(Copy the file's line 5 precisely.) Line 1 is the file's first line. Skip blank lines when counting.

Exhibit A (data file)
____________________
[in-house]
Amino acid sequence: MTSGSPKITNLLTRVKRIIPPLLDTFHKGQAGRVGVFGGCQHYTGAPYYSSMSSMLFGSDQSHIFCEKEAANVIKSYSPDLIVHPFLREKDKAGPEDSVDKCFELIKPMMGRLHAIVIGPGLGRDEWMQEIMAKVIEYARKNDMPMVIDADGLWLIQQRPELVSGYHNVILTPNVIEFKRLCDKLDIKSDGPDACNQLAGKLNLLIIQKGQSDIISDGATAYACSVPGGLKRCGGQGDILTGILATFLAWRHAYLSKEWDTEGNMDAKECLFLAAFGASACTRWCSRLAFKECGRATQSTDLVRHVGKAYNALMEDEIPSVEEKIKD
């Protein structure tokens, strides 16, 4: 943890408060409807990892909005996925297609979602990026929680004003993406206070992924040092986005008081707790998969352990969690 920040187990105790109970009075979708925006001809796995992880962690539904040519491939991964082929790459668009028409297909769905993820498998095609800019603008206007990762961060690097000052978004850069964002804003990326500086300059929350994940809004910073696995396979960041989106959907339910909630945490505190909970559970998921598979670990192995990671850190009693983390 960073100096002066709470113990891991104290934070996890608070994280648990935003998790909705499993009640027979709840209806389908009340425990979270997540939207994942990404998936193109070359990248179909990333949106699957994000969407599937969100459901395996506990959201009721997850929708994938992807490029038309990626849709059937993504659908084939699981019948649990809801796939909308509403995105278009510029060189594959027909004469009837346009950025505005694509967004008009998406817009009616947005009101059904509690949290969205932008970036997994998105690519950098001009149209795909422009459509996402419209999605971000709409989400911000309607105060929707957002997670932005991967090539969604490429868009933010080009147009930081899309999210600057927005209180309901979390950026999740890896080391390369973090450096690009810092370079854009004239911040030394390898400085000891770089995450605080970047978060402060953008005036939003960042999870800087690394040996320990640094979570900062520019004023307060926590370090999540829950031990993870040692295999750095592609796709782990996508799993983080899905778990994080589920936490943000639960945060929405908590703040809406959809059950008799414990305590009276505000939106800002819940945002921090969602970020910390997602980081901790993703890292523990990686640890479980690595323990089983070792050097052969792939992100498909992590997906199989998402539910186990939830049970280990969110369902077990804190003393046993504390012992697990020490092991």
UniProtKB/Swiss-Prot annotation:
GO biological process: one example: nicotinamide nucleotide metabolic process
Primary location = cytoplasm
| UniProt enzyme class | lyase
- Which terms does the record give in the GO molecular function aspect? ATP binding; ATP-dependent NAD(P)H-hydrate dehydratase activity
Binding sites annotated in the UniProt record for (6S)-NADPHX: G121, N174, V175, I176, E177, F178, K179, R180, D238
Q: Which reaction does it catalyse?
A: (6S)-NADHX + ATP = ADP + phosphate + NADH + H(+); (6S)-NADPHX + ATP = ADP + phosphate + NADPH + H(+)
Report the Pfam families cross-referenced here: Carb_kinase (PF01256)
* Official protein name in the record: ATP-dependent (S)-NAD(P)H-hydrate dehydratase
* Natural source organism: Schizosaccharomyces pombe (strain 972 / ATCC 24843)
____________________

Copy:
GO biological process: one example: nicotinamide nucleotide metabolic process